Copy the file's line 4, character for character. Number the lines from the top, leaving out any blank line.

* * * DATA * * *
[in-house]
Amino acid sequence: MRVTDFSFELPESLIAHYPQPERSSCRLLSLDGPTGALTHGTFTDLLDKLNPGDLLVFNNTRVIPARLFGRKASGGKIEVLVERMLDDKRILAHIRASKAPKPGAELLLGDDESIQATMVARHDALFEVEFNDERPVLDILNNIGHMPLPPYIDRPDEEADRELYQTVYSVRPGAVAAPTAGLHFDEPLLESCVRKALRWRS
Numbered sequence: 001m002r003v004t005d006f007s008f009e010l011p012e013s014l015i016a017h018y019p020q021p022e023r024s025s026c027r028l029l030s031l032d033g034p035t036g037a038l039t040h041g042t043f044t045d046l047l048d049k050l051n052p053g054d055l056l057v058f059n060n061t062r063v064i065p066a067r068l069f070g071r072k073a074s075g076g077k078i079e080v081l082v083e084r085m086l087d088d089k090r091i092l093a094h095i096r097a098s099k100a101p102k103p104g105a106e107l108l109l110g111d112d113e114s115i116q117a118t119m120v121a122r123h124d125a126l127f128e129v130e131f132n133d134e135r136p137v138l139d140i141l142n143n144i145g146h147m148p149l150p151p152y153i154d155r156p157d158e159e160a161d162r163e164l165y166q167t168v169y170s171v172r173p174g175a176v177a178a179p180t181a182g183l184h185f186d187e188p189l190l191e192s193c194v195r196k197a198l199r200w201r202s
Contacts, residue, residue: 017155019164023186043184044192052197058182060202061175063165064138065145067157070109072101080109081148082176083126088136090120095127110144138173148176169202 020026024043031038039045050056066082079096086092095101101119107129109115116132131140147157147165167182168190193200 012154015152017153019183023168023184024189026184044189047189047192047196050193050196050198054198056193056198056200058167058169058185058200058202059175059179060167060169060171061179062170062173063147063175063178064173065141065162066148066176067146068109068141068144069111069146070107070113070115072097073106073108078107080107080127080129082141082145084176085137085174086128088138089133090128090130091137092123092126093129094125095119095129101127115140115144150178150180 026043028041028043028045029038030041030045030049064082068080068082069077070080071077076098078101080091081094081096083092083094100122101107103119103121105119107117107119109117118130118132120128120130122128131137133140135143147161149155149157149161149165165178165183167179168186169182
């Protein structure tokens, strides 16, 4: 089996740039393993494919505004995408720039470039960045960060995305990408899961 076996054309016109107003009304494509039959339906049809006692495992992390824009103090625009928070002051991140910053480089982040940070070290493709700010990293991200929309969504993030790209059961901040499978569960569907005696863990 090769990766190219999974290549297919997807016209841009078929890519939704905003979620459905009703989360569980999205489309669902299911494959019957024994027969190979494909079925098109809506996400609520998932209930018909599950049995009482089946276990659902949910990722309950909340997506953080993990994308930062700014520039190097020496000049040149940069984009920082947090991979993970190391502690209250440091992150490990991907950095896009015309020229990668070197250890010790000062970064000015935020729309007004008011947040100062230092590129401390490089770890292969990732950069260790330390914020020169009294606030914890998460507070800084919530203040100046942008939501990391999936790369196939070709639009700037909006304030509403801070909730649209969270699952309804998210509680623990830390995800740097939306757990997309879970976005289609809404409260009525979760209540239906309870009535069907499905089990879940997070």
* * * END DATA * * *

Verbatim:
Contacts, residue, residue: 017155019164023186043184044192052197058182060202061175063165064138065145067157070109072101080109081148082176083126088136090120095127110144138173148176169202 020026024043031038039045050056066082079096086092095101101119107129109115116132131140147157147165167182168190193200 012154015152017153019183023168023184024189026184044189047189047192047196050193050196050198054198056193056198056200058167058169058185058200058202059175059179060167060169060171061179062170062173063147063175063178064173065141065162066148066176067146068109068141068144069111069146070107070113070115072097073106073108078107080107080127080129082141082145084176085137085174086128088138089133090128090130091137092123092126093129094125095119095129101127115140115144150178150180 026043028041028043028045029038030041030045030049064082068080068082069077070080071077076098078101080091081094081096083092083094100122101107103119103121105119107117107119109117118130118132120128120130122128131137133140135143147161149155149157149161149165165178165183167179168186169182